Larry Flynt's Wild Life: Porn, Politics and Penile Implants

Larry Flynt
Larry Flynt
 Frank W. Ockenfels 3

This story first appeared in the March 8 issue of The Hollywood Reporter magazine.

Larry Flynt sits by the window of his sleek, black-and-gold G4 jet, with the letters “LFP” (for Larry Flynt Publications) painted on the tail, gazing out on the world 41,000 feet below, lost in thought.

Just getting here has been a mammoth task. Earlier, Flynt’s black Bentley (with a vanity license plate that reads “HUSTLR”) pulled up beside the plane at an airport in Van Nuys, Calif.; two pilots and a bodyguard eased the 70-year-old out of the car and into a specially designed, miniature wheelchair, before lifting him up the stairs (with a gold-plated ramp) and into his seat, while his regular, $17,000 gold-plated wheelchair was placed in the hold.

Despite running his empire with an iron grip, he went through all this without a word of complaint or irritation, keeping that, like so much else, to himself.

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The self-described “smut peddler”; former jailbird, amphetamine addict and bootlegger; nemesis of feminists like Gloria Steinem (who called him “the Goebbels of the war against women”); multimillionaire; thorn in the side of the arch-right; and historic defender of free speech has a lot to think about.

It has been 25 years almost to the day since the Supreme Court made “this old pornographer,” as he calls himself, part of history when it handed down a key First Amendment verdict.

In the late ’80s, televangelist Jerry Falwell sued Flynt for libel and the infliction of emotional distress caused by a Hustler cartoon implying Falwell’s first sexual encounter was with his mother. He won in a lower court. But on Feb. 24, 1988, the Supreme Court deemed that if a public figure could receive damages for distress, any kind of satire or parody was dead in the water. The case, Hustler Magazine v. Falwell, now is taught in law schools.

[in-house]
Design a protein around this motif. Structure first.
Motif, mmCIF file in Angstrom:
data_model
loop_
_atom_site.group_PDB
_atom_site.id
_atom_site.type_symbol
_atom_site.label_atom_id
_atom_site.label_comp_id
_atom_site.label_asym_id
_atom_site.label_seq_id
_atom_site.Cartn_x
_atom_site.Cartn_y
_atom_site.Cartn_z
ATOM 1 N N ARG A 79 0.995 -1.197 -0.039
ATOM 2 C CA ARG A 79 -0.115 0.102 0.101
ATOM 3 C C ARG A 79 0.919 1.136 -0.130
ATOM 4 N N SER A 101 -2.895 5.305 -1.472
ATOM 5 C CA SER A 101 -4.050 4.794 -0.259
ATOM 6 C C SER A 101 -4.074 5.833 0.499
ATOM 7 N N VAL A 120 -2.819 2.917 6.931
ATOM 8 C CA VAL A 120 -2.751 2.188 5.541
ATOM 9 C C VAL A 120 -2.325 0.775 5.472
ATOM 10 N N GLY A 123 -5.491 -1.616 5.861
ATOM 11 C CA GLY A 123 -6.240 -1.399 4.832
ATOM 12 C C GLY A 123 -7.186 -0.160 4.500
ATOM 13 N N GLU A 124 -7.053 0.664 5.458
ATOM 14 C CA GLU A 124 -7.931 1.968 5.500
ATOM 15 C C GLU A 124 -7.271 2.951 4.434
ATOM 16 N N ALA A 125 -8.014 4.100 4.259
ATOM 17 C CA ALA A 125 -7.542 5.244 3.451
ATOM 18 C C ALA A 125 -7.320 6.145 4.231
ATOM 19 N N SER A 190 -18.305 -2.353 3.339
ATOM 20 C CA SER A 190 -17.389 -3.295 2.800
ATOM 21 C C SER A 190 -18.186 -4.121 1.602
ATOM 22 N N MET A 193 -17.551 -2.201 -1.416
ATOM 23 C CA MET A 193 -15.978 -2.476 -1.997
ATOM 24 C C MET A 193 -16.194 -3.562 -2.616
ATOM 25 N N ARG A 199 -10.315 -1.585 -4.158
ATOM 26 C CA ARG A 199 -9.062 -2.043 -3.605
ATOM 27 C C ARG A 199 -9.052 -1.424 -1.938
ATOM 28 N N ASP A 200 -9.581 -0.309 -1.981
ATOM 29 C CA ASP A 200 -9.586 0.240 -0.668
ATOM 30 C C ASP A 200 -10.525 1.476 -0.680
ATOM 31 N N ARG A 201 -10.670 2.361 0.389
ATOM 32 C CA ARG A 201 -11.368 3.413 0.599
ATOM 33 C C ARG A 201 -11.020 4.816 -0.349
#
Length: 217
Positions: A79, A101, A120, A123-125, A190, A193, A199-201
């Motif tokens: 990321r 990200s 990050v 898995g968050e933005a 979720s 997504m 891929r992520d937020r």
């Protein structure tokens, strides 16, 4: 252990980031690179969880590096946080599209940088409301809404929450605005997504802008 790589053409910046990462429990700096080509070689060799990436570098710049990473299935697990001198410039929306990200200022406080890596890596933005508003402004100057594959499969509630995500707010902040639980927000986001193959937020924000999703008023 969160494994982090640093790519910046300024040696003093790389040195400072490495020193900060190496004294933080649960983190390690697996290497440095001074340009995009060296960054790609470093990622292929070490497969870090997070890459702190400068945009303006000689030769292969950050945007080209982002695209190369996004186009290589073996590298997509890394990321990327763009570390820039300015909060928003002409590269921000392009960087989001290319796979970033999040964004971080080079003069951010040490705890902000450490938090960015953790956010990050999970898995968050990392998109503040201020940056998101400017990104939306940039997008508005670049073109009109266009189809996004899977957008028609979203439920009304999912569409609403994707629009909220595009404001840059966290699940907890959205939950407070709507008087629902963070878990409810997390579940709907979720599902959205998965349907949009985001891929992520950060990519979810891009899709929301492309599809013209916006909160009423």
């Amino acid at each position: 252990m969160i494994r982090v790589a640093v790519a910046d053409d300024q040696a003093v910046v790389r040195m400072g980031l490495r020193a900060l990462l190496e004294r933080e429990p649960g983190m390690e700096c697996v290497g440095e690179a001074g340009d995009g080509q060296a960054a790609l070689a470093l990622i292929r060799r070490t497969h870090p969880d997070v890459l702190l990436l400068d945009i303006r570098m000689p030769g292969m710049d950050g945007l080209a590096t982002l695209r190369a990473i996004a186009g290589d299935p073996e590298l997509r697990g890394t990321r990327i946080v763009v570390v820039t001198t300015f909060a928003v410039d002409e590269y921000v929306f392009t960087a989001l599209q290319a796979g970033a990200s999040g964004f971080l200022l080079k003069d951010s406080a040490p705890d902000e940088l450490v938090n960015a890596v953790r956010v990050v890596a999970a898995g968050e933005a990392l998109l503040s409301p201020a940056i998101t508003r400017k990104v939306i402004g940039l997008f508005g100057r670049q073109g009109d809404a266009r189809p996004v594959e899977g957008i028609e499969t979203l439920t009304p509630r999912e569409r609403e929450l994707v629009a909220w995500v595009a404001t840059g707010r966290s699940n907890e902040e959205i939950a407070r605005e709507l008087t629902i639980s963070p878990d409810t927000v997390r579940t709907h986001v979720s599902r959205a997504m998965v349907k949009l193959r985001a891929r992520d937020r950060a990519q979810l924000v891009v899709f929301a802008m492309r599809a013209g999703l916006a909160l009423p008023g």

Garry Trudeau said Larry Flynt gave him a get-out-of-jail-free card,” Flynt says, a smile suddenly breaking through his curiously expressionless face -- a bonanza for poker but strangely intimidating during even the most basic of conversations -- revealing an unexpected warmth.

Less known is that shortly after the verdict, “I was sitting in my office and my secretary called me and said, ‘Reverend Jerry Falwell is in the lobby.’ I said, ‘Send him in.’ So he walked in the door and he held up both hands and said, ‘I surrender!’ He sat down and we talked for about an hour, and then he asked me to go on a couple of speaking engagements with him, where we debated one another.” He wasn’t surprised: “Falwell was a salesman. You know, if he’d been selling peanut butter or beer, he would’ve sold it the same way he sold his religion.”

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Flynt can identify.

In a world where traditional pornography has been buffeted by piracy and the Internet, the entrepreneur, if anything, has seen his empire expand thanks to shrewd investments in 55 domestic and international adult-oriented television channels, 11 Hustler Hollywood stores, various clubs, an apparel business, a lucrative casino in Gardena, Calif., and the recently acquired adult movie distributor New Frontier Media -- which he bought for $33 million and whose chairman, Alan Isaacman, represented him before the Supreme Court.

He has some 1,500 employees and is on the brink of closing a deal to sell his 10-story office building at the intersection of Los Angeles’ Wilshire and La Cienega boulevards, which he bought for $18 million in 1984 and which could go for $85 million to $90 million today.

“I can take this and put it toward buying another casino or another operation that would fit with my broadcasting entities,” Flynt says, speaking in the slow, distinct rasp that he says is the by-product of pain medication he took for years after a 1978 shooting left him partially paralyzed from the waist down. “That depressed my respiratory system, and your respiratory system is connected a lot to your vocal cords. I speak a little sluggish as a result.”

Despite everything he has gone through in his turbulent seven decades, he seems almost stoic about his life as he and this reporter talk throughout a three-hour flight to Dallas, where he’ll inspect two sites for potential stores, his crippled legs stretched out under a dark blanket as he calmly and deliberately spoons down a bowl of cottage cheese his ever-attentive wife, Liz Berrios (No. 5, age 53), has just brought him.